Does your toddler play with electronic toys that produce lights, words and songs? A new study warns that children playing with electronic toys get to make less use of language compared to those playing with books or traditional toys such as a wooden puzzle, a shape-sorter and a set of rubber blocks.

"These results provide a basis for discouraging the purchase of electronic toys that are promoted as educational and are often quite expensive,a said one of the researchers Anna Sosa from Northern Arizona University in the US.

For the study, the researchers conducted a controlled experiment involving 26 parent-infant pairs with children who were 10 to 16 months old.

Researchers did not directly observe parent-infant play time because it was conducted in participants' homes. Audio recording equipment was used to pick up sound.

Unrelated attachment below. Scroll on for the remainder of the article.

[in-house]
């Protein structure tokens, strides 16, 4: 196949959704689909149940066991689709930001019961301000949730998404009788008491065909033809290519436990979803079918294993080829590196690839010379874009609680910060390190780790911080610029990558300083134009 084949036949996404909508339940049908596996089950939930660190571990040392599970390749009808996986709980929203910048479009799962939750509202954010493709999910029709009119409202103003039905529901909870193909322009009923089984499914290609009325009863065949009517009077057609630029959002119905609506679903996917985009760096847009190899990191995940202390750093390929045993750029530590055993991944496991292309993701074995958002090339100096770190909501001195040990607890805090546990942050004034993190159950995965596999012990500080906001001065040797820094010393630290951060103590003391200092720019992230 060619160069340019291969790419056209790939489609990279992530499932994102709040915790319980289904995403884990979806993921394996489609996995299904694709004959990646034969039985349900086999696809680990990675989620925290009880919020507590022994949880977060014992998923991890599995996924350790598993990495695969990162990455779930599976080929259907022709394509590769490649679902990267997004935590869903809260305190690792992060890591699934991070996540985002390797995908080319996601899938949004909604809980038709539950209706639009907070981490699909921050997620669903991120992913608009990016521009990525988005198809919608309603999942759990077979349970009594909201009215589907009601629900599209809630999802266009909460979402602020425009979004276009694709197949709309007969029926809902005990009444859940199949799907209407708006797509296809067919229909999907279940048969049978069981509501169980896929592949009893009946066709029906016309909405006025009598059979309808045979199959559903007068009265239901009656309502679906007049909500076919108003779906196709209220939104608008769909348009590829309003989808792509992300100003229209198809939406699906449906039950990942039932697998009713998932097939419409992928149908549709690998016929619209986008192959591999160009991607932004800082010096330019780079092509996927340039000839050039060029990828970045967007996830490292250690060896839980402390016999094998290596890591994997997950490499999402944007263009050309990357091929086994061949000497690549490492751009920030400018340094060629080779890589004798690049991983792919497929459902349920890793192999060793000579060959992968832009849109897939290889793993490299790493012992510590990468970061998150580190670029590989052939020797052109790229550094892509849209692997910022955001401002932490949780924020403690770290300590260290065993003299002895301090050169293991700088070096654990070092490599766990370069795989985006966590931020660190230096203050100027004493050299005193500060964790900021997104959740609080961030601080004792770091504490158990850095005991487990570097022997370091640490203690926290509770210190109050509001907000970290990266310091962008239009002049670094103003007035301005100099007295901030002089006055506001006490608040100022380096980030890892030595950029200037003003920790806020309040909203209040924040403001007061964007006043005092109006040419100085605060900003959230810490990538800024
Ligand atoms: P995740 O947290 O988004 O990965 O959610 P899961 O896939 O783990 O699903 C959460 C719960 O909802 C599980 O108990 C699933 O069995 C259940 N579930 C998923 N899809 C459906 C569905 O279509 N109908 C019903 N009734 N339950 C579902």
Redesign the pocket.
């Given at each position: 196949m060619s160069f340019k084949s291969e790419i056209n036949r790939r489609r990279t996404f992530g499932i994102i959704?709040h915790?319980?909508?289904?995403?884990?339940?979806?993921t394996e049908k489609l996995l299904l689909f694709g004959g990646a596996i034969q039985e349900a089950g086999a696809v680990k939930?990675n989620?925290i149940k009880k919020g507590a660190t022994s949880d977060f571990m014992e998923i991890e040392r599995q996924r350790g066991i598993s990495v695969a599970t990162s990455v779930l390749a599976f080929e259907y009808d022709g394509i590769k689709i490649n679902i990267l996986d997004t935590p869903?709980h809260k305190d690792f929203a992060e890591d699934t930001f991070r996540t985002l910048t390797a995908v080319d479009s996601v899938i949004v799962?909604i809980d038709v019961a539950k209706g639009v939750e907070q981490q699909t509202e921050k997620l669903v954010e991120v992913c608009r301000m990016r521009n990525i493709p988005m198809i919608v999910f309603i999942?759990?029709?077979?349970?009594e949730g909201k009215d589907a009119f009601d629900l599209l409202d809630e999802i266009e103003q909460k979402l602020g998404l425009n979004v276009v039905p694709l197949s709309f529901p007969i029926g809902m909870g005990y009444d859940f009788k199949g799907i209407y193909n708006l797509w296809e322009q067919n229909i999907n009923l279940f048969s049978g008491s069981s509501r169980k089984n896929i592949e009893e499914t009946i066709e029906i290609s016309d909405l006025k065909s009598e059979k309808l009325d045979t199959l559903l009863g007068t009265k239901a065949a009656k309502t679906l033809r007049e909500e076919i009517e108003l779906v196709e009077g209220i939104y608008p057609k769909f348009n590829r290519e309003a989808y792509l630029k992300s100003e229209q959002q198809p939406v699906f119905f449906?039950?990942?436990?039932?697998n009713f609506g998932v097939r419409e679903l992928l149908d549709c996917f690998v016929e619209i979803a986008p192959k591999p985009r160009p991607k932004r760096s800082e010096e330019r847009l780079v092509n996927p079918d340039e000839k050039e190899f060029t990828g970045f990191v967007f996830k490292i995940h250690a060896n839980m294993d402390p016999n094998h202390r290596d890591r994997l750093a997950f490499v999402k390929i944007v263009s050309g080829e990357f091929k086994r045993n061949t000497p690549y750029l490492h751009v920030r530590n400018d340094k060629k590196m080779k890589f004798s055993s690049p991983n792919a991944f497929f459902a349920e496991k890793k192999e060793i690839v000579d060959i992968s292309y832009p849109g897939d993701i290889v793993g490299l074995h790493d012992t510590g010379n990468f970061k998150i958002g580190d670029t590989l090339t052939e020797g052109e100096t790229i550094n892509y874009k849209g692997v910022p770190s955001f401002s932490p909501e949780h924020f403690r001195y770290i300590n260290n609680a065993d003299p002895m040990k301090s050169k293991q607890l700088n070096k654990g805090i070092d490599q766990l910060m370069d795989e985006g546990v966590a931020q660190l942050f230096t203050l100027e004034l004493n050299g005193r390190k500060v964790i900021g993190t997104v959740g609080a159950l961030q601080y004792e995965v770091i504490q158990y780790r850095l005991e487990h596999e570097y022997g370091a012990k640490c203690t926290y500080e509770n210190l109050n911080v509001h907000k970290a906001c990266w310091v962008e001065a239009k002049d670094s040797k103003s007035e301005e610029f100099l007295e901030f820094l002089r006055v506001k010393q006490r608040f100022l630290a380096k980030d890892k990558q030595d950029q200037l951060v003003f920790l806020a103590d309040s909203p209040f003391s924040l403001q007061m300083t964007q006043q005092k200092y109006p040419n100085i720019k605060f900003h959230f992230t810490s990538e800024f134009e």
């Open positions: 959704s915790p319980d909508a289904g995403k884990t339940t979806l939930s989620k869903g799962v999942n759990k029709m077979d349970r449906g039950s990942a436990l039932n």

Participants were given three sets of toys: electronic toys (a baby laptop, a talking farm and a baby cell phone), traditional toys (chunky wooden puzzle, shape-sorter and rubber blocks with pictures), and five board books with farm animal, shape or colour themes.

While playing with electronic toys there were fewer adult words used, fewer conversational turns with verbal back-and-forth, fewer parental responses and less production of content-specific words.

Children also vocalised less while playing with electronic toys than with books, according to the results.

The study was published in the journal of JAMA Pediatrics.